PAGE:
While it's true that H.I.M. (His Infernal Majesty) have a slew of special editions, Europe-only releases, singles, EPs, Japan-only tracks, etc., they all have their perverse charm. Uneasy Listening, Vol. 1 is another such collection, but it's not a repackaging of one album or another. This is a bona fide rarities collection. It contains remixes, live cuts, acoustic versions, dubs, and versions of cuts with and without strings -- many previously unreleased in any form. This is a band with an absolutely fanatical following of mainly young people who are caught in the goth web. Good for them, actually; the reason H.I.M. inspire loyalty in so many is because the songs themselves -- at least most of them -- have great melancholy pop hooks and hearing them in this way is a fine way of discerning that. Check the acoustic version of "Funeral of Hearts," with its lilt and absolutely naked vocal. Then there's "Close to the Flame" from The Rappula Tapes, with its aching, gorgeous guitars and skeletal beat. The big heavy AOR mix of "When Love and Death Embrace" could have been sung by Morrissey if he fronted a metal band. And on it goes. For fans, this is essential; for the uninitiated (or those afraid to admit liking this band), this is a new, darkly sweet collection of lyrics so utterly transgressive that they are as poisonous as nightshade or belladonna, and melodies so completely infectious that they bring out the warped teenager or secretly broken adult in anyone who gives them a chance. (Let's put it this way, if Sam Phillips had recorded this material, or Bright Eyes, or Patty Griffin, this record would have been called a masterpiece of vulnerability, but since it's these Euro kids, it's shock value music or overly emotive teen balladry that can be dismissed.) Decadent? Excessive? Possibly sick? Yeah -- but so romantically charged and drenched in ragged beauty that it's nearly irresistible.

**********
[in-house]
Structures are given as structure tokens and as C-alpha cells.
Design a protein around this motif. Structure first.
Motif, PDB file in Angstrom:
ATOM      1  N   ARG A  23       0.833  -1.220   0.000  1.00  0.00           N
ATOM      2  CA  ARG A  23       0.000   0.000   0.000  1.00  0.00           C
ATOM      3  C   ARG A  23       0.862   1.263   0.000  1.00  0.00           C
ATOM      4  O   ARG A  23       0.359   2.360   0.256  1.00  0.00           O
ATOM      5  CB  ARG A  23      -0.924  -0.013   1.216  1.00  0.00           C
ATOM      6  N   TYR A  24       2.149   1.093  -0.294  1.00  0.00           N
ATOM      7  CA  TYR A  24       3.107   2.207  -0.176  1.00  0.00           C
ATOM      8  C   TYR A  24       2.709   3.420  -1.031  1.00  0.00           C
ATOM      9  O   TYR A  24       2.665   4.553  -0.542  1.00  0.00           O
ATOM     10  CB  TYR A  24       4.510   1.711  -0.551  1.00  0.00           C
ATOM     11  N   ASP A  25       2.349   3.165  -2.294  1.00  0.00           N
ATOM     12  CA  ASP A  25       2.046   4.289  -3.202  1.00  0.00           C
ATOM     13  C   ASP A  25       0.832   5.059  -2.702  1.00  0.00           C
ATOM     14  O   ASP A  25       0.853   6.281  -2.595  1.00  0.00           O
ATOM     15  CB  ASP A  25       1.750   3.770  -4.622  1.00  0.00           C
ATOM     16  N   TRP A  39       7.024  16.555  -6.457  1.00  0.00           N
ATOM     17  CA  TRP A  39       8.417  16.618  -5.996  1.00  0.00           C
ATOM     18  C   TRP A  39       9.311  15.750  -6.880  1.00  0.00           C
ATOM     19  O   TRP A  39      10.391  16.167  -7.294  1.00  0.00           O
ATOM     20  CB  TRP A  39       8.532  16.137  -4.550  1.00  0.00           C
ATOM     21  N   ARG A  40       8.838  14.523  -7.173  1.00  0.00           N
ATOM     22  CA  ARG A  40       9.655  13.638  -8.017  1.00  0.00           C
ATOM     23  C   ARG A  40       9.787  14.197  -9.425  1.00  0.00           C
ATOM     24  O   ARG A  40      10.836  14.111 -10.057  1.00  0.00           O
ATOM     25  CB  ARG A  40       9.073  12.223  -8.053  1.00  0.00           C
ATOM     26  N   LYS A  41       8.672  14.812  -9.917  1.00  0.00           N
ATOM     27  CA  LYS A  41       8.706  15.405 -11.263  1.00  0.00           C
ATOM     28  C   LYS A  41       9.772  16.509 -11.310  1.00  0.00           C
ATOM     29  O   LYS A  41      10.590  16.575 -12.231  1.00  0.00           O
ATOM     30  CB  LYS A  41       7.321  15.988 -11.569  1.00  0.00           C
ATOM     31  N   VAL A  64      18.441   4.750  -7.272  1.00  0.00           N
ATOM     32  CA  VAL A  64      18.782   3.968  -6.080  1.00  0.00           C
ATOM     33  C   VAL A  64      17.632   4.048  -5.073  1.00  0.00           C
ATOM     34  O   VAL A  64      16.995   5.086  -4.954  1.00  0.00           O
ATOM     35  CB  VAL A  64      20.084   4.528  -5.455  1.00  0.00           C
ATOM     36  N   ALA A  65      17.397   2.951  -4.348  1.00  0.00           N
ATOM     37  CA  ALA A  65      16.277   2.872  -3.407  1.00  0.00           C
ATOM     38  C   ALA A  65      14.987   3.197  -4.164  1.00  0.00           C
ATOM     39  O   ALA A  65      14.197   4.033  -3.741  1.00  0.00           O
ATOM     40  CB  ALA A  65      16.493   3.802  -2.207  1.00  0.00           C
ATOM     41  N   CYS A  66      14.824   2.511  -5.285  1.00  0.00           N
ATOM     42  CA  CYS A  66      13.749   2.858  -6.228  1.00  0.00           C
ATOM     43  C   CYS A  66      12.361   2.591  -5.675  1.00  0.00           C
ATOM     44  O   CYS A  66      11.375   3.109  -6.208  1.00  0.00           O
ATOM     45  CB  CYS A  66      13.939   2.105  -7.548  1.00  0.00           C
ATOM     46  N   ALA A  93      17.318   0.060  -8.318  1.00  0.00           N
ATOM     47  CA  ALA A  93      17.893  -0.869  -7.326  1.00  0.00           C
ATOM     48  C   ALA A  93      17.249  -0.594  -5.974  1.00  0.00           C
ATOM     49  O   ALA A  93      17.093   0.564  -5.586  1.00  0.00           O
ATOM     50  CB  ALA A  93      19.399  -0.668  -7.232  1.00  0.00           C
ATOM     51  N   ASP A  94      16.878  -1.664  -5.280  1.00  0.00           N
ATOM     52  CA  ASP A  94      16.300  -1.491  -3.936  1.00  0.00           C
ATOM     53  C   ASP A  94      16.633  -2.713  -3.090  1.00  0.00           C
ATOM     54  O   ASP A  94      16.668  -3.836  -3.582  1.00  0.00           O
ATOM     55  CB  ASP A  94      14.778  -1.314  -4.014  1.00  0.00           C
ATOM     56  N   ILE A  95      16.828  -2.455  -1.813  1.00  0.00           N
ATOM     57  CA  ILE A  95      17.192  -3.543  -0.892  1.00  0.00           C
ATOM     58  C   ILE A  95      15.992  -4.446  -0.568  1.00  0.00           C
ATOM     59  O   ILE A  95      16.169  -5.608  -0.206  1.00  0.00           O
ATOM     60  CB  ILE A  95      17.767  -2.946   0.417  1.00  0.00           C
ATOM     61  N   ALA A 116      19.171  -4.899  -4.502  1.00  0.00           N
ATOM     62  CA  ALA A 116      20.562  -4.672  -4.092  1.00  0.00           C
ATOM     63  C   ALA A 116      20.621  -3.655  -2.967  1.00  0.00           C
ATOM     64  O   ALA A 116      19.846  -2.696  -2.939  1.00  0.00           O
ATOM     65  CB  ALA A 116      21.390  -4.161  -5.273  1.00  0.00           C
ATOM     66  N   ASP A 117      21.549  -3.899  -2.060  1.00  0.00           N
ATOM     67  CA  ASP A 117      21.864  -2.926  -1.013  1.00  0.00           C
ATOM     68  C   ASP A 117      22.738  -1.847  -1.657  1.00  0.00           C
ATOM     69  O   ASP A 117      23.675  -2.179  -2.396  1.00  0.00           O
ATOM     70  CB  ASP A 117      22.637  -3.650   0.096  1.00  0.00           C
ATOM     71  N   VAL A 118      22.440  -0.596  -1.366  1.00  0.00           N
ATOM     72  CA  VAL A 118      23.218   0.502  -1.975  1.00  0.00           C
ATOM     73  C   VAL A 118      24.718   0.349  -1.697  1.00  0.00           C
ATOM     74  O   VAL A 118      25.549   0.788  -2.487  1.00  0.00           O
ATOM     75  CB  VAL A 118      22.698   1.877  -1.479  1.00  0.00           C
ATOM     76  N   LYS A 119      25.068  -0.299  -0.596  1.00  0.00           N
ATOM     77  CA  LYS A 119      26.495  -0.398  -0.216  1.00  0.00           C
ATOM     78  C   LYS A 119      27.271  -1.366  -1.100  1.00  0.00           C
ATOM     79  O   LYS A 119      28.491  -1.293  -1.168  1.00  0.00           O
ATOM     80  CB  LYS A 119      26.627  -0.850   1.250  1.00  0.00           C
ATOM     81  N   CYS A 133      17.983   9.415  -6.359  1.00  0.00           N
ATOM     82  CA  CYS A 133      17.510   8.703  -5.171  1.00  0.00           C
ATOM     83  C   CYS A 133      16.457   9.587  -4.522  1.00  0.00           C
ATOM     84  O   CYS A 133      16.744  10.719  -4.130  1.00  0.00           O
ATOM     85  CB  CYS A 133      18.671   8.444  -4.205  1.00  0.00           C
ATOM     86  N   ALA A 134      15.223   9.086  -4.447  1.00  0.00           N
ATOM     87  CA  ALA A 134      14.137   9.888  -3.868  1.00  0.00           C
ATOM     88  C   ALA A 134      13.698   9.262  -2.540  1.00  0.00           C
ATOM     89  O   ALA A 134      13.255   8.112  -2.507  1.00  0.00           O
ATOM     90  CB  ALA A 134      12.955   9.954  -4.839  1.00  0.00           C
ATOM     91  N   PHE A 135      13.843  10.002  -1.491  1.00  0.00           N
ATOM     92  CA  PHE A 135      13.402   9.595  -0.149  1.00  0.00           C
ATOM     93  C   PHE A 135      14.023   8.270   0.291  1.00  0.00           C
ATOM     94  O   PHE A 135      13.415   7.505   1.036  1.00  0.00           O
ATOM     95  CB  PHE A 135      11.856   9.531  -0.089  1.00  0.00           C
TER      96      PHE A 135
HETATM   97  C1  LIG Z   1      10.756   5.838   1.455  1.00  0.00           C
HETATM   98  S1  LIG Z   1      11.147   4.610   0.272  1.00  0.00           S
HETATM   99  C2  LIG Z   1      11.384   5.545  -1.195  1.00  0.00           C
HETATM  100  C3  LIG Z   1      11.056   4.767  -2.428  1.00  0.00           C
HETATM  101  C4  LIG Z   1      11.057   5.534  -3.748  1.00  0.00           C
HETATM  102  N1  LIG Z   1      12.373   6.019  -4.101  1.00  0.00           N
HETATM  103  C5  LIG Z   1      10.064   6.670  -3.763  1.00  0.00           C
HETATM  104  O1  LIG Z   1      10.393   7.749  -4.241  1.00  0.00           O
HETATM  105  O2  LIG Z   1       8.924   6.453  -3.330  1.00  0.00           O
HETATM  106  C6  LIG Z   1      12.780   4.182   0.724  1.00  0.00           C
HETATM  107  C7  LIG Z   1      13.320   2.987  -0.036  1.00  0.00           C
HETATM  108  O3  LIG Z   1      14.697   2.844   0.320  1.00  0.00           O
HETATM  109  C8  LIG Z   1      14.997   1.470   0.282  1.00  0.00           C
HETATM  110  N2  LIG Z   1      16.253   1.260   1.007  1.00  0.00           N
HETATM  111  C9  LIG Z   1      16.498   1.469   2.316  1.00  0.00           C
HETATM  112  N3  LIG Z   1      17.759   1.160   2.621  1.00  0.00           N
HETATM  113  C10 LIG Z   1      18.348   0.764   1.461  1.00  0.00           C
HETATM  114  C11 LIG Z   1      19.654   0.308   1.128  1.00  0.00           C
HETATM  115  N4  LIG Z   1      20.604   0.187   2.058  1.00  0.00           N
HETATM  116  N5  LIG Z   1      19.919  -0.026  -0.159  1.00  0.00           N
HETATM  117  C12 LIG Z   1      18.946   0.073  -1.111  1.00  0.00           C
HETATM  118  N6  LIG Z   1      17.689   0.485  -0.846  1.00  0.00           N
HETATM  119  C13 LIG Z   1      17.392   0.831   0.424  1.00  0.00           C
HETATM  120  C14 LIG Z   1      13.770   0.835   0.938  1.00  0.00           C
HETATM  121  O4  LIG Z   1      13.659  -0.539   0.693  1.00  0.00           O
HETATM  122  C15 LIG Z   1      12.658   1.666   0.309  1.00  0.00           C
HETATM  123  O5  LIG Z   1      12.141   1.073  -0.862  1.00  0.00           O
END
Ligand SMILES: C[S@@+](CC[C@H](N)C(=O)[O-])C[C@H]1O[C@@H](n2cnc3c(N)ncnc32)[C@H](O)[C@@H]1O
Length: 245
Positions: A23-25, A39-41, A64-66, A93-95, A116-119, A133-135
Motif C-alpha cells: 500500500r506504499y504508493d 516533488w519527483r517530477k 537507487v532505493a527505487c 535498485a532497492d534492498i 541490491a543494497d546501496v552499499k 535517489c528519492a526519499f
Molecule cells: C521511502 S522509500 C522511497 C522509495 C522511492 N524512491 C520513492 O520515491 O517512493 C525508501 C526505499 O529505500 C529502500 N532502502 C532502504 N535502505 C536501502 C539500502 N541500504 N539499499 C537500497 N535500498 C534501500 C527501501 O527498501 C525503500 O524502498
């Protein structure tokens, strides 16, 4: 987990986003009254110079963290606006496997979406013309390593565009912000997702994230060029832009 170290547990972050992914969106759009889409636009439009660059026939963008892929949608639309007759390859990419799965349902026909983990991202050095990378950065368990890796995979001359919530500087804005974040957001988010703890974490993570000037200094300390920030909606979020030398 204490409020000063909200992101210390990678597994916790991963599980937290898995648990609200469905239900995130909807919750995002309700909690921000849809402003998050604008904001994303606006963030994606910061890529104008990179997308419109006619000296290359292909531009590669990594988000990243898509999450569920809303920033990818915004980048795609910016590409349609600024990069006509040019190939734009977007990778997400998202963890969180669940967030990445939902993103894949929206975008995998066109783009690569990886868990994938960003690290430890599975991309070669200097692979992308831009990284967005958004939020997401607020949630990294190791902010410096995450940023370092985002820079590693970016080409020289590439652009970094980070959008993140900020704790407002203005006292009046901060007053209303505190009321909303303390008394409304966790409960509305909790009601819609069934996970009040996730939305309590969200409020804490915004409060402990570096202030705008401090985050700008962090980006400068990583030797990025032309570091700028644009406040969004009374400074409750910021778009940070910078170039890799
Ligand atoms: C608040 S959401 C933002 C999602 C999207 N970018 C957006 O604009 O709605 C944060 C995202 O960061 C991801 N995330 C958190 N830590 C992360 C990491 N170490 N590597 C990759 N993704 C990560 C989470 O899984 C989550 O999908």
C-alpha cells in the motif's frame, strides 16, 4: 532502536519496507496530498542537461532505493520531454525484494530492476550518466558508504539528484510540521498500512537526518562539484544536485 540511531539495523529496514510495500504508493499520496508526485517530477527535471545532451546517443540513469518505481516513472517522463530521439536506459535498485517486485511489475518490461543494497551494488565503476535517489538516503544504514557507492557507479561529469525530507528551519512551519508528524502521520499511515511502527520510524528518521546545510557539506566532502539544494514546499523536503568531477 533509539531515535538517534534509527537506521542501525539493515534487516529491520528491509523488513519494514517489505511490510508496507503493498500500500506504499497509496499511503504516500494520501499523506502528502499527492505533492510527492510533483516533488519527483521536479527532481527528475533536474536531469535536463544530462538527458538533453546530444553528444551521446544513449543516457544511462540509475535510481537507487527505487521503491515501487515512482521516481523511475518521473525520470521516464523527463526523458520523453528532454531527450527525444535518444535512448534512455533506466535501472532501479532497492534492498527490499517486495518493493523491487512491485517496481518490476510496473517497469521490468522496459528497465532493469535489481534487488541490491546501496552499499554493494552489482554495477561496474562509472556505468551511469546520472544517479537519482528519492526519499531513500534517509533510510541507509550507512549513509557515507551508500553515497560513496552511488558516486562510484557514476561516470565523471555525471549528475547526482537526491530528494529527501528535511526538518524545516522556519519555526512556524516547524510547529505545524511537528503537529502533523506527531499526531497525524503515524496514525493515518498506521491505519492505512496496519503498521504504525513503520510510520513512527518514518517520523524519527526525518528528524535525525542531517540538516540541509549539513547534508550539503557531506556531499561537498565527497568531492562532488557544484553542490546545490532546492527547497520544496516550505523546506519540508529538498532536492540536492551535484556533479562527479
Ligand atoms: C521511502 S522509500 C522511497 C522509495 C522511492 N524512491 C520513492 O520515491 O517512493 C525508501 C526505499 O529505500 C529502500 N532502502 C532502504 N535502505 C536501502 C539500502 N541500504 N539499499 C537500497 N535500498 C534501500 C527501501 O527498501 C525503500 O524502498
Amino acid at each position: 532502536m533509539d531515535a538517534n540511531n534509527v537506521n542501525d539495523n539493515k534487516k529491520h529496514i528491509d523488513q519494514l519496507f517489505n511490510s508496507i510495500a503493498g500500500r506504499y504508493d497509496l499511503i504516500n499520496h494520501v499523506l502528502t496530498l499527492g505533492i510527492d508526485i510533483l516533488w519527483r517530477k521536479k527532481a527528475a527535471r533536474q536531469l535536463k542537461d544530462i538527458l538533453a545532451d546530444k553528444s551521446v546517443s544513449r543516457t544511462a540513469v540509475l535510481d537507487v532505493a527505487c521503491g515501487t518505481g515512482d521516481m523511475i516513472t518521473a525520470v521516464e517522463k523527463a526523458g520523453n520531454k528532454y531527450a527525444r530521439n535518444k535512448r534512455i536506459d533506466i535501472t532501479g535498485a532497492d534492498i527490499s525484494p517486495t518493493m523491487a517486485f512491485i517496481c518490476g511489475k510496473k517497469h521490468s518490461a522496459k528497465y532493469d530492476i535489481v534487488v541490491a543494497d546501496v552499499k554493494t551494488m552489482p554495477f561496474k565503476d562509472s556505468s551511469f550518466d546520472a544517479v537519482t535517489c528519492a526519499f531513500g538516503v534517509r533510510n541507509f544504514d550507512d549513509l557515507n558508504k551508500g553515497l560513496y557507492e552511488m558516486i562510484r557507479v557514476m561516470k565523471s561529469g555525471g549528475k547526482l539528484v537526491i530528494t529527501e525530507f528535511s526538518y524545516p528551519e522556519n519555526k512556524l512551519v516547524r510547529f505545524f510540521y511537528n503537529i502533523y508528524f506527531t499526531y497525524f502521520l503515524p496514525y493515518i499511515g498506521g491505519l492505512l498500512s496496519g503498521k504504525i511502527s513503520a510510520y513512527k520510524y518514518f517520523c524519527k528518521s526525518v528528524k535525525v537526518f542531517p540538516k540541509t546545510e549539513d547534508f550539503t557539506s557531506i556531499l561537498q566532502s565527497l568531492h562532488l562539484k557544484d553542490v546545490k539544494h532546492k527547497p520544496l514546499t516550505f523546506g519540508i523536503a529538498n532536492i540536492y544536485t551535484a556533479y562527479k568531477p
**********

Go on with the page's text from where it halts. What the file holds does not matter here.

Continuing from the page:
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AllMusic Review by Thom Jurek